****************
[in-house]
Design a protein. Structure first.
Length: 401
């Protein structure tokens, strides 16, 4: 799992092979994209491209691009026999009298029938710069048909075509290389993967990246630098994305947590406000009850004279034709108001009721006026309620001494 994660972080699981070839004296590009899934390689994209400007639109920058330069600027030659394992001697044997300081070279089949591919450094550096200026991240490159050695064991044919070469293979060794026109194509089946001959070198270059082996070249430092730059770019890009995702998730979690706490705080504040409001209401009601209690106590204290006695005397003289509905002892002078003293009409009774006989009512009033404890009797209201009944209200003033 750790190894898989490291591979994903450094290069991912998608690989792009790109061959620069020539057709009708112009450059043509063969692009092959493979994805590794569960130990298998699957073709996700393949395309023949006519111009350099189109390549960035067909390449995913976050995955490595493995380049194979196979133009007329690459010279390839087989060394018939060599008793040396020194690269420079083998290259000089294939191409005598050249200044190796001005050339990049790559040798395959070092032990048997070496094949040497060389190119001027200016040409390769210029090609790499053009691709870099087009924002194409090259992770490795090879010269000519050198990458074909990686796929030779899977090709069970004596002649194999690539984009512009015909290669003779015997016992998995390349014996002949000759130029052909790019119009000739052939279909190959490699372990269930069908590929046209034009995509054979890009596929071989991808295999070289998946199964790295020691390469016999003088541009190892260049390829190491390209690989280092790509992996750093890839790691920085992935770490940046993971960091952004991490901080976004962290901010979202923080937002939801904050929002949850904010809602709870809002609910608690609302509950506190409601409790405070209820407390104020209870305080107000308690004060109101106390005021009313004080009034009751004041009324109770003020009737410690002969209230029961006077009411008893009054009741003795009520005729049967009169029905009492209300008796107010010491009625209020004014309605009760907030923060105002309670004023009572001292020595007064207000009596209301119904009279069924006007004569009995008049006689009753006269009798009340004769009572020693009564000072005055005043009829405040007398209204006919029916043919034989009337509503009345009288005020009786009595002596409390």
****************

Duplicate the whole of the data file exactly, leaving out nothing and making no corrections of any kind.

[in-house]
Design a protein. Structure first.
Length: 401
């Protein structure tokens, strides 16, 4: 799992092979994209491209691009026999009298029938710069048909075509290389993967990246630098994305947590406000009850004279034709108001009721006026309620001494 994660972080699981070839004296590009899934390689994209400007639109920058330069600027030659394992001697044997300081070279089949591919450094550096200026991240490159050695064991044919070469293979060794026109194509089946001959070198270059082996070249430092730059770019890009995702998730979690706490705080504040409001209401009601209690106590204290006695005397003289509905002892002078003293009409009774006989009512009033404890009797209201009944209200003033 750790190894898989490291591979994903450094290069991912998608690989792009790109061959620069020539057709009708112009450059043509063969692009092959493979994805590794569960130990298998699957073709996700393949395309023949006519111009350099189109390549960035067909390449995913976050995955490595493995380049194979196979133009007329690459010279390839087989060394018939060599008793040396020194690269420079083998290259000089294939191409005598050249200044190796001005050339990049790559040798395959070092032990048997070496094949040497060389190119001027200016040409390769210029090609790499053009691709870099087009924002194409090259992770490795090879010269000519050198990458074909990686796929030779899977090709069970004596002649194999690539984009512009015909290669003779015997016992998995390349014996002949000759130029052909790019119009000739052939279909190959490699372990269930069908590929046209034009995509054979890009596929071989991808295999070289998946199964790295020691390469016999003088541009190892260049390829190491390209690989280092790509992996750093890839790691920085992935770490940046993971960091952004991490901080976004962290901010979202923080937002939801904050929002949850904010809602709870809002609910608690609302509950506190409601409790405070209820407390104020209870305080107000308690004060109101106390005021009313004080009034009751004041009324109770003020009737410690002969209230029961006077009411008893009054009741003795009520005729049967009169029905009492209300008796107010010491009625209020004014309605009760907030923060105002309670004023009572001292020595007064207000009596209301119904009279069924006007004569009995008049006689009753006269009798009340004769009572020693009564000072005055005043009829405040007398209204006919029916043919034989009337509503009345009288005020009786009595002596409390």